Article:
Article Text

other Versions

PDF
Original article
Ethnic differences in the cost-effectiveness of targeted and mass screening for high cardiovascular risk in the UK: cross-sectional study
  1. Jessica Baker1,
  2. Richard Mitchell1,
  3. Kenny Lawson2,
  4. Jill Pell1
  1. 1Institute of Health and Wellbeing, University of Glasgow, Glasgow, UK
  2. 2Health Economics and HTA, Institute of Health and Wellbeing, University of Glasgow, Glasgow, UK
  1. Correspondence to Professor Jill Pell, Institute of Health and Wellbeing, University of Glasgow, 1 Lilybank Gardens, Glasgow, G12 8RZ, UK; jill.pell{at}glasgow.ac.uk

Abstract

Objectives To investigate ethnic differences in the cost-effectiveness of targeted and mass screening for high cardiovascular risk.

Design Simulation of two screening strategies (targeted screening of most deprived areas and mass screening) using cross-sectional data from Health Survey for England.

Setting England.

Subjects 9407 adults aged 40–74 years (493 Black Caribbean, 532 Indian, 516 Pakistani/Bangladeshi, 617 Irish and 7249 general population of whom 6633 were White).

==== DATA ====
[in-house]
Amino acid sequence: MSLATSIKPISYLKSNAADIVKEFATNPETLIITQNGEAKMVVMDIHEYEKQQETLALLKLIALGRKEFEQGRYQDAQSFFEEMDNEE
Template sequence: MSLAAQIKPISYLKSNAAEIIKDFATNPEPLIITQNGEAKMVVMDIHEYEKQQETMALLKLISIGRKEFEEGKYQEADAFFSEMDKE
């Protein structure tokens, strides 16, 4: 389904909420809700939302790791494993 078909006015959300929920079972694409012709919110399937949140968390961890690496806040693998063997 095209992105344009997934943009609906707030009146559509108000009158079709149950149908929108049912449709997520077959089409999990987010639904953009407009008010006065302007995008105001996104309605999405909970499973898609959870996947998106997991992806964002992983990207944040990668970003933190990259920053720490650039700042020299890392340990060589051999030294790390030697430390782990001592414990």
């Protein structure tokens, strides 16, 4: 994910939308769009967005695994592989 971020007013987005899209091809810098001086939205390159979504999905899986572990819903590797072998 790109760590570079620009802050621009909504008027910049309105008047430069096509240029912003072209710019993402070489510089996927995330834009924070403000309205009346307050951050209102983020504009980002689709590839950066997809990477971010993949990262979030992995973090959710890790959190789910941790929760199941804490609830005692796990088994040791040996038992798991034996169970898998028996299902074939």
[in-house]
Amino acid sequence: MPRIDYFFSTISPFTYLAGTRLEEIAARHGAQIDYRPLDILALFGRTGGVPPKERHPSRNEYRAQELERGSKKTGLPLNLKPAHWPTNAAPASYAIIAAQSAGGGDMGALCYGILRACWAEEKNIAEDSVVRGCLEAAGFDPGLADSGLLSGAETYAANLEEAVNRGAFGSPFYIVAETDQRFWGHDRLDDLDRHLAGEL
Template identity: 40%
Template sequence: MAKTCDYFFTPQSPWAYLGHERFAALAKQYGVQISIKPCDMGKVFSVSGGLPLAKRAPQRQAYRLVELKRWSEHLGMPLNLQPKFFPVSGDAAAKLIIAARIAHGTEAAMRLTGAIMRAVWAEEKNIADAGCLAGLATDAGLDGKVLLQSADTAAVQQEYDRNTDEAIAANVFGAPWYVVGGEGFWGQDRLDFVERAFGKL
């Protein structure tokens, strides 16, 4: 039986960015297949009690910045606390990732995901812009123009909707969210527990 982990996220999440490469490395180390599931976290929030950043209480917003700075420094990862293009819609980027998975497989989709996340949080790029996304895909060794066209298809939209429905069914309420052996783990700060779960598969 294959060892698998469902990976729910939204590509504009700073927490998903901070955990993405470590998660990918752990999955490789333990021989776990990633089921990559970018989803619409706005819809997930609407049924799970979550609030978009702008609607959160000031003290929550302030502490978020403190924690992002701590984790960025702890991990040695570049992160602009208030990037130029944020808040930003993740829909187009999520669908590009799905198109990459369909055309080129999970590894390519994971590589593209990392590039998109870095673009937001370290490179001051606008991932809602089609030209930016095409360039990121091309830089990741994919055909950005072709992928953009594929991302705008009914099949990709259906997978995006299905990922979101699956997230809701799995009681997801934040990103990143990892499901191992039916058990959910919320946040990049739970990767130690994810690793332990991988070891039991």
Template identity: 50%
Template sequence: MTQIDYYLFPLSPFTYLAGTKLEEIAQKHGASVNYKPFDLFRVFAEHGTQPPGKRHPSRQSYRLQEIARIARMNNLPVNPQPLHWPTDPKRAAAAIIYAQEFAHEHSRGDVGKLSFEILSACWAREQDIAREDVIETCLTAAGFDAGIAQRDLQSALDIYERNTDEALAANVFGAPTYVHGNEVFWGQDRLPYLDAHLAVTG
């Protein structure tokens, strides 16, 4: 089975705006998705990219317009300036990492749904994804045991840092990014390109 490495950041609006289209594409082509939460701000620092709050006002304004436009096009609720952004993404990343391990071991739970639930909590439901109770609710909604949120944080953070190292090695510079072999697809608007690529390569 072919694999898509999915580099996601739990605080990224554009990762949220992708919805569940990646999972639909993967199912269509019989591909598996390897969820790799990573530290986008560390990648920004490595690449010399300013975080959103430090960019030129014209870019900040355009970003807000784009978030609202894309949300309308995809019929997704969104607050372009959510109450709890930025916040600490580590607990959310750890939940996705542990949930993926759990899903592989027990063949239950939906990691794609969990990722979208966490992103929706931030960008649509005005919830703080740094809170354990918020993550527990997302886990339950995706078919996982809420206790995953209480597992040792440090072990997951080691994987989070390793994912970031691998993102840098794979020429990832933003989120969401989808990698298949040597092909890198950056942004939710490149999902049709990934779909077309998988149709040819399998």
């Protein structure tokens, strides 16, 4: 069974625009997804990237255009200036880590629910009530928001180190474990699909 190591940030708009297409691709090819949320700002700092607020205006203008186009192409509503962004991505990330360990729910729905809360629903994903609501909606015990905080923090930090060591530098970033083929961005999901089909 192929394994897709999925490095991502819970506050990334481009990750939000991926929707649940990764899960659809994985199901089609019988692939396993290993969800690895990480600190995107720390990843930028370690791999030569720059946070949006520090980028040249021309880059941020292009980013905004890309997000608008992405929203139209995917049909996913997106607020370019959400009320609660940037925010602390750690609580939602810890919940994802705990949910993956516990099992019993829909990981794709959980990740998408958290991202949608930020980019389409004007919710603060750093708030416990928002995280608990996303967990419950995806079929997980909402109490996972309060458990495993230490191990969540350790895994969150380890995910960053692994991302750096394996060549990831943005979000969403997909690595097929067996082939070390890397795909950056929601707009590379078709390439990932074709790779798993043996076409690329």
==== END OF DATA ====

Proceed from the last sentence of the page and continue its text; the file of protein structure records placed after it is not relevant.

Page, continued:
Main outcome measures Coverage of high-risk population, number needed to screen to identify one person at high cardiovascular risk and cost-effectiveness of targeted screening, with incremental analysis of expanding targeted to mass screening.

Results Coverage, number needed to screen and cost-effectiveness of targeted screening were better in all ethnic minority groups compared with the White group and general population. Targeted screening would identify 19.2% of high-risk individuals in the general population, and require 4.1 people to be screened to identify one person at high cardiovascular risk at a cost of £98. In the Pakistani/Bangladeshi group, 68.7% of the high-risk population would be identified, and only 2.5 people would need to be screened at a lower cost of £59. In comparison with targeted screening, mass screening was less cost-effective overall but the cost per additional high-risk individual detected was the lowest among the South Asian groups (Indian £130 and Pakistani/Bangladeshi £94).

Conclusions Irrespective of whether cardiovascular screening is targeted or universal, it is more cost-effective in South Asian ethnic groups than in the general population. Therefore, cardiovascular screening has the potential to reduce ethnic health inequalities.

Statistics from Altmetric.com

Request permissions

If you wish to reuse any or all of this article please use the link below which will take you to the Copyright Clearance Center’s RightsLink service. You will be able to get a quick price and instant permission to reuse the content in many different ways.